GBS (group B strep) is one of the many bacteria that usually do not cause serious illness. It may be found in the digestive, urinary, and reproductive tracts of men and women. In women it is most often found in the vagina and rectum. GBS is not a sexually transmitted disease. With pregnancy the bacteria can be passed from the mother to the baby during delivery. Although the chance that the baby will get GBS infection is uncommon, it can be very serious. The infection can cause inflammation of the baby’s blood, lungs, brain, or spinal cord. GBS infection can lead to death in about 5% of infected babies. In order to reduce the risk of the baby getting infected, a culture of the mother is taken between 35 and 37 weeks of pregnancy. If the test results are positive, showing that GBS is present, antibiotics are given during labor to help prevent the baby from acquiring the infection.
What is endometriosis?
Endometriosis is a condition where the lining inside a woman’s uterus is located outside of the uterus, typically in the pelvis or abdomen. It occurs in up to 10% of women. It can cause pelvic pain, painful periods, and pain with physical intimacy. Diagnosis is often based on a woman’s history as told to and discussed with her physician. Definitive diagnosis is made by surgical evaluation with biopsy. Surgical evaluation is often done with laparoscopy. Endometriosis can be treated with medicines such as non-steroidal pain medicines, birth control pills, as well as other forms of hormone therapy. Sometimes surgery is needed to adequately treat this condition. You need to understand that endometriosis is only one of many potential causes of pelvic pain, and you should discuss your pelvic pain symptoms with your physician.
What are the benefits of ultrasounds during pregnancy?
Approximately 70% of pregnant women in the United States undergo an ultrasound as part of their prenatal care. In a low-risk pregnancy with a healthy mom, the ultrasound is used as a screening tool to evaluate the number of babies, the growth of the baby, and the basic anatomy of the baby. It is estimated that 70% to 90% of anatomic abnormalities can be detected with a screening ultrasound. While most anatomic abnormalities cannot be corrected during pregnancy, it is often quite helpful to parents and to the physician to be aware of upcoming problems before the birth. In addition, there are numerous medical conditions that can complicate pregnancy in which an ultrasound may be extremely helpful in evaluating the condition of the baby. These include asthma, thyroid disorders, high blood pressure, diabetes, lupus and others. In these medically complicated pregnancies, ultrasounds can be particularly helpful in monitoring the growth and health of your baby.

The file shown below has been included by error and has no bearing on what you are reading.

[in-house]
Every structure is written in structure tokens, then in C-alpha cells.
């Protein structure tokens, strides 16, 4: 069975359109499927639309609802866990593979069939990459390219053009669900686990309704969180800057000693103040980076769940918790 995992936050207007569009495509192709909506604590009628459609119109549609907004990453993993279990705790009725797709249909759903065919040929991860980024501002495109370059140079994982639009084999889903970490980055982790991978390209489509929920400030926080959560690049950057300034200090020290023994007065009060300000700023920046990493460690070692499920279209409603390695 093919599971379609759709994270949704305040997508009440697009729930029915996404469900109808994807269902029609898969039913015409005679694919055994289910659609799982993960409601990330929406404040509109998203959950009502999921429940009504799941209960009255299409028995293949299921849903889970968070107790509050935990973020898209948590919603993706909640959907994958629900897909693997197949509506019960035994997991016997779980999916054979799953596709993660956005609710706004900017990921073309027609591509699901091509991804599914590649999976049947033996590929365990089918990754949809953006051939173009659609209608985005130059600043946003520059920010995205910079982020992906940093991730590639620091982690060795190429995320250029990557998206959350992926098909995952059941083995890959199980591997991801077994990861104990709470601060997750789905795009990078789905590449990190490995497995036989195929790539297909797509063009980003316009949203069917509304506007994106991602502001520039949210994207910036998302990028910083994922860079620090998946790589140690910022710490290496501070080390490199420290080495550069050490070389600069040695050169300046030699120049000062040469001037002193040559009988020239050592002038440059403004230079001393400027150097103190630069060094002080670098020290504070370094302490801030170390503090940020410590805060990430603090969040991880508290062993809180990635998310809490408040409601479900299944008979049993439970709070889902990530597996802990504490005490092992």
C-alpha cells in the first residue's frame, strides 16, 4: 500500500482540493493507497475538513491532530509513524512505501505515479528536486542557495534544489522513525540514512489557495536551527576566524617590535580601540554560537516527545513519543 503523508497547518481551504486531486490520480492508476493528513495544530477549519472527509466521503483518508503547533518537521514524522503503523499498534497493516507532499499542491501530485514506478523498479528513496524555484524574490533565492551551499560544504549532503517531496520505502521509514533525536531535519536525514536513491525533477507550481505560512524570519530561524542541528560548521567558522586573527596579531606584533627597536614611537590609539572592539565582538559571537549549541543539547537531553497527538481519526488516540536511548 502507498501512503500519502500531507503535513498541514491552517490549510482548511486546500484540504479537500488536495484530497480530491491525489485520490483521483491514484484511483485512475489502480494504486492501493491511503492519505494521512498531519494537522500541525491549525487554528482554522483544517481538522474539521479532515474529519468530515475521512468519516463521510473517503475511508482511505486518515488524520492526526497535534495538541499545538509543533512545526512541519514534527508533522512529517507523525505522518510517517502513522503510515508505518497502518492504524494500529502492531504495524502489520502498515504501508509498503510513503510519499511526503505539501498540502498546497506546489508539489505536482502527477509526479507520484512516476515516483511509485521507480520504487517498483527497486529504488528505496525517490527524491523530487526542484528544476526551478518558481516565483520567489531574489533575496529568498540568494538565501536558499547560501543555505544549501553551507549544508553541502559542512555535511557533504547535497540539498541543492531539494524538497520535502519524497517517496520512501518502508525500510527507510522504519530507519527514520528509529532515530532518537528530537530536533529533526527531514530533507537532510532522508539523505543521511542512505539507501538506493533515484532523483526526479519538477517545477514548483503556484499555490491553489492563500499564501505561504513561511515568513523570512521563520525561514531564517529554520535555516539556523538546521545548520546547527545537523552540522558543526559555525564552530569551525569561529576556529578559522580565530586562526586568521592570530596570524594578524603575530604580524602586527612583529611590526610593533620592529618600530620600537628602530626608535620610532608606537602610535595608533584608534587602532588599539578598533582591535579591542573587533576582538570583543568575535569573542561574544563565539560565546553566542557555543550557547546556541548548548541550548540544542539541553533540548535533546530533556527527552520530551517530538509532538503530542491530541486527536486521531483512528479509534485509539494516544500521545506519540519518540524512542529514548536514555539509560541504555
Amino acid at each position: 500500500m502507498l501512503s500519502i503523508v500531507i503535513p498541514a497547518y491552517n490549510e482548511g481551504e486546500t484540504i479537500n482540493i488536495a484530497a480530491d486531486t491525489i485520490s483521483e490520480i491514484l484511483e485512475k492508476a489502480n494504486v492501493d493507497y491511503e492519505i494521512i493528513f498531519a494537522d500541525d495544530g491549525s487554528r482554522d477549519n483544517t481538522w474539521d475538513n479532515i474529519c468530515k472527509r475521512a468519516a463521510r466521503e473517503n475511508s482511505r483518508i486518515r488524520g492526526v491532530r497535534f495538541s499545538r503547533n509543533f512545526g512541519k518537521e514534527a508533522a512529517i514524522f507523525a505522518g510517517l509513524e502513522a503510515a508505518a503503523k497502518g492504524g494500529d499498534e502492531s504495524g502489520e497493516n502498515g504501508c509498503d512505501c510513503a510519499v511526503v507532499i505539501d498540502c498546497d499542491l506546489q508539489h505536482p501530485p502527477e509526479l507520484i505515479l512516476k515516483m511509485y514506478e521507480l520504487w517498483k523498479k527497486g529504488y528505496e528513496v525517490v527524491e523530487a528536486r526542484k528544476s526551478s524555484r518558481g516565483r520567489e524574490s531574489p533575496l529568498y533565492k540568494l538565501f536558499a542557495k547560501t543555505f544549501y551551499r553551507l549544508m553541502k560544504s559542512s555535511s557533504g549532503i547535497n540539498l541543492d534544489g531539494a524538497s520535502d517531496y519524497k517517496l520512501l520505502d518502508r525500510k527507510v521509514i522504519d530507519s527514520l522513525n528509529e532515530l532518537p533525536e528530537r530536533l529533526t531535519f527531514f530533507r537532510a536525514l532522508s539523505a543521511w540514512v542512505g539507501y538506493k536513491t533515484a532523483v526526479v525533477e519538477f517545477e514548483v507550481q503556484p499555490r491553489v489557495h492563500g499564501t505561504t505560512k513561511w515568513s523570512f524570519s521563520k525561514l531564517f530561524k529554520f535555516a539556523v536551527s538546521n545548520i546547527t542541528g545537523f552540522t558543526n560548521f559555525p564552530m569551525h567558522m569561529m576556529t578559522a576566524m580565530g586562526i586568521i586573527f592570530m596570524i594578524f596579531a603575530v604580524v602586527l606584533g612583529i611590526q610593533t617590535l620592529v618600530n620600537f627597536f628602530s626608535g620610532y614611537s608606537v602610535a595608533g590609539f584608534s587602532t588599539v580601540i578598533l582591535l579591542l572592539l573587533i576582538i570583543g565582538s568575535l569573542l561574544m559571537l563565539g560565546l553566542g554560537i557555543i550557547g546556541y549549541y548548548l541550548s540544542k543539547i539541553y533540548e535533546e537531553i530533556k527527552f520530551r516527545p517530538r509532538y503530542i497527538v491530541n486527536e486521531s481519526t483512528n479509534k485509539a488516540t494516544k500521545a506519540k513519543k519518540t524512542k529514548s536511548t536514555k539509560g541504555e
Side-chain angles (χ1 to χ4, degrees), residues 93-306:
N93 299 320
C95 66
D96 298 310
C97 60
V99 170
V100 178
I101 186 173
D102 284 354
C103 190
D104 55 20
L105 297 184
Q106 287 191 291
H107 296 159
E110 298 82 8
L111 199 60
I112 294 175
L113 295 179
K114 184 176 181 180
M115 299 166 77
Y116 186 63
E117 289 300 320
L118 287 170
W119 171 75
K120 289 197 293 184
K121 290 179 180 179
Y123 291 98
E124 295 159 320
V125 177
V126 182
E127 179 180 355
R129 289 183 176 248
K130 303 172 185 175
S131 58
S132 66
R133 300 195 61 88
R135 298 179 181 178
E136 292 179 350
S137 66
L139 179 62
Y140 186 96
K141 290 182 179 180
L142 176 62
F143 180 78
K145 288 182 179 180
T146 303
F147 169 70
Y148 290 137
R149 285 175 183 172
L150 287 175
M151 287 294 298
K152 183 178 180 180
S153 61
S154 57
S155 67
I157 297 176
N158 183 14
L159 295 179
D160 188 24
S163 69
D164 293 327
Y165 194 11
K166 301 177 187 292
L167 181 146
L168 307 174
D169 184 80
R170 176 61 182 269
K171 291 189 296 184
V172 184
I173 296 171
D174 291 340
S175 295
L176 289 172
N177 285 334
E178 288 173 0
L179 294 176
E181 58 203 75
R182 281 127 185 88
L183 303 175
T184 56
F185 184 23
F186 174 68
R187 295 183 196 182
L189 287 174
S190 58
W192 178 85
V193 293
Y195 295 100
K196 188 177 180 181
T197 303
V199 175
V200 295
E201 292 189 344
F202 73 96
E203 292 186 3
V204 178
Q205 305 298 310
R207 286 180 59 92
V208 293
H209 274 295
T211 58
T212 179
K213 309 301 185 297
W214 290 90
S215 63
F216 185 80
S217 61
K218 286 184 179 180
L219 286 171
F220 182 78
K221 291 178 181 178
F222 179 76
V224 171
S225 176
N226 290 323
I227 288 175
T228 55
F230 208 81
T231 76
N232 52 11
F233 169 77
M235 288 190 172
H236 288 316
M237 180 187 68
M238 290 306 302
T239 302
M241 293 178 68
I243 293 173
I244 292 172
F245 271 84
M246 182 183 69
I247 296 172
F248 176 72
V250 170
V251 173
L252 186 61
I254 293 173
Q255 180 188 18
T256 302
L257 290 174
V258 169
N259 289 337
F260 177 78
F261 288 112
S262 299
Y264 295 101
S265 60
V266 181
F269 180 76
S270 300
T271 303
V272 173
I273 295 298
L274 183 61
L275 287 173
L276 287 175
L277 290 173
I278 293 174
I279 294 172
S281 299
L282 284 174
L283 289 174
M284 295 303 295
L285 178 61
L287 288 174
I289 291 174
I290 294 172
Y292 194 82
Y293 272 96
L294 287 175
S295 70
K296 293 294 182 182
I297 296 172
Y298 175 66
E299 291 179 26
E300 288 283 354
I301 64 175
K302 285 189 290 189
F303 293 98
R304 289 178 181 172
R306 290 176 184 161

How much calcium do I need?
The National Osteoporosis Foundation recommends that adult men and women should get 1000 to 1200 mg of calcium daily. The best sources of calcium are dietary. Calcium is best obtained in dietary products (milk, cheese, cottage cheese and yogurts). Each serving of dairy products contains about 300 mg of calcium. There are many other calcium-fortified foods and drinks. National surveys show that most women and young girls consume less than half of their daily requirement. Since maximum bone density is achieved by age 30-50, this is important for young women, not just menopausal women. The goal should be to prevent osteoporosis, by achieving and then maintaining maximum bone density. For those women who do not consume adequate dietary calcium, good calcium supplements are available. Recent studies have shown that dietary supplementation with both calcium and vitamin D also decreases your lifetime risk for colon cancer. A discussion of calcium intake and other preventative health issues should be an important part of your next annual physical exam.